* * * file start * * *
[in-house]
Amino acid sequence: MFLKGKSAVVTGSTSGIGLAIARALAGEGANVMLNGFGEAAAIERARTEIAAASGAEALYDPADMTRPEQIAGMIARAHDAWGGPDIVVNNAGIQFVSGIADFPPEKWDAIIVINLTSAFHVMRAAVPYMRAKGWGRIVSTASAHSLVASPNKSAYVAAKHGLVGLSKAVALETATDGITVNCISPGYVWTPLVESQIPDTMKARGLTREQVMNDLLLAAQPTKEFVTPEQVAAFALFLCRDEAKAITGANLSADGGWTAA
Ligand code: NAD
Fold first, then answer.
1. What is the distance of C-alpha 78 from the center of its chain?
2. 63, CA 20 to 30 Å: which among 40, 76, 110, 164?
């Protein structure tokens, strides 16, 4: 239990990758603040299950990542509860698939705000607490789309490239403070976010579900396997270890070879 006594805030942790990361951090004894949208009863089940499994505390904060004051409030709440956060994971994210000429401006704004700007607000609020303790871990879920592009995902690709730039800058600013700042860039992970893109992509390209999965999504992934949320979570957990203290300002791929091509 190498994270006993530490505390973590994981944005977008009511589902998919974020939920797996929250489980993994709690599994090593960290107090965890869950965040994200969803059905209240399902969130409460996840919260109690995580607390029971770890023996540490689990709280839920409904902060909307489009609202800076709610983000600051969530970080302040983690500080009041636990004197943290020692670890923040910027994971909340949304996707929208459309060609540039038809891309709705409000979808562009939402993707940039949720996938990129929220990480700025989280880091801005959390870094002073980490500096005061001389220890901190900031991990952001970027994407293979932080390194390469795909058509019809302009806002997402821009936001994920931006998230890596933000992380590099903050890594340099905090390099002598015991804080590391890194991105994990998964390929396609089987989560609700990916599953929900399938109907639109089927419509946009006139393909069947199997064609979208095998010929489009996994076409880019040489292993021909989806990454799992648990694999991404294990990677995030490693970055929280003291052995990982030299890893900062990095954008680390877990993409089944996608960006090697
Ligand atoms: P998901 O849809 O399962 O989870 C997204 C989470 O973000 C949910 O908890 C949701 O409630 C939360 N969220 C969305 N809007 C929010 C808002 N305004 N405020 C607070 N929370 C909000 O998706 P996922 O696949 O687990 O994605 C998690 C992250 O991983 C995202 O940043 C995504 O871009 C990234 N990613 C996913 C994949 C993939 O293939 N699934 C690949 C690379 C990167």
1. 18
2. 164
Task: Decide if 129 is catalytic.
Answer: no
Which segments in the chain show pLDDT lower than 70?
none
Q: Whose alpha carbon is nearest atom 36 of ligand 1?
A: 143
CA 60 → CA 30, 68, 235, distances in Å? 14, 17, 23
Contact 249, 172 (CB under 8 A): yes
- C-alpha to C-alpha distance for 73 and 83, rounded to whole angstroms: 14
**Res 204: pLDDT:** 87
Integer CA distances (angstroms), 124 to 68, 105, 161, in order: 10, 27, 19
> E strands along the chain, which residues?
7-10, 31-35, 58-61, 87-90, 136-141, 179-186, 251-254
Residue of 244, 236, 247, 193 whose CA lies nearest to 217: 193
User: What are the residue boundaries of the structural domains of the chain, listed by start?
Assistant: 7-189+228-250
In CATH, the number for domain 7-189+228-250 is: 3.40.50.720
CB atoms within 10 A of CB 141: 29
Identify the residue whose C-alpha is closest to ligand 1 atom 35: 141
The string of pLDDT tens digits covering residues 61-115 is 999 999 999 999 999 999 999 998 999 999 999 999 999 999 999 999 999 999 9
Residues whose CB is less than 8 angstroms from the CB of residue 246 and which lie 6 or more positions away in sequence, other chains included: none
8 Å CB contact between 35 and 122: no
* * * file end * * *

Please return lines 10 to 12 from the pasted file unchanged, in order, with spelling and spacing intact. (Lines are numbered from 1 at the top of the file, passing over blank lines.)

2. 164
Task: Decide if 129 is catalytic.
Answer: no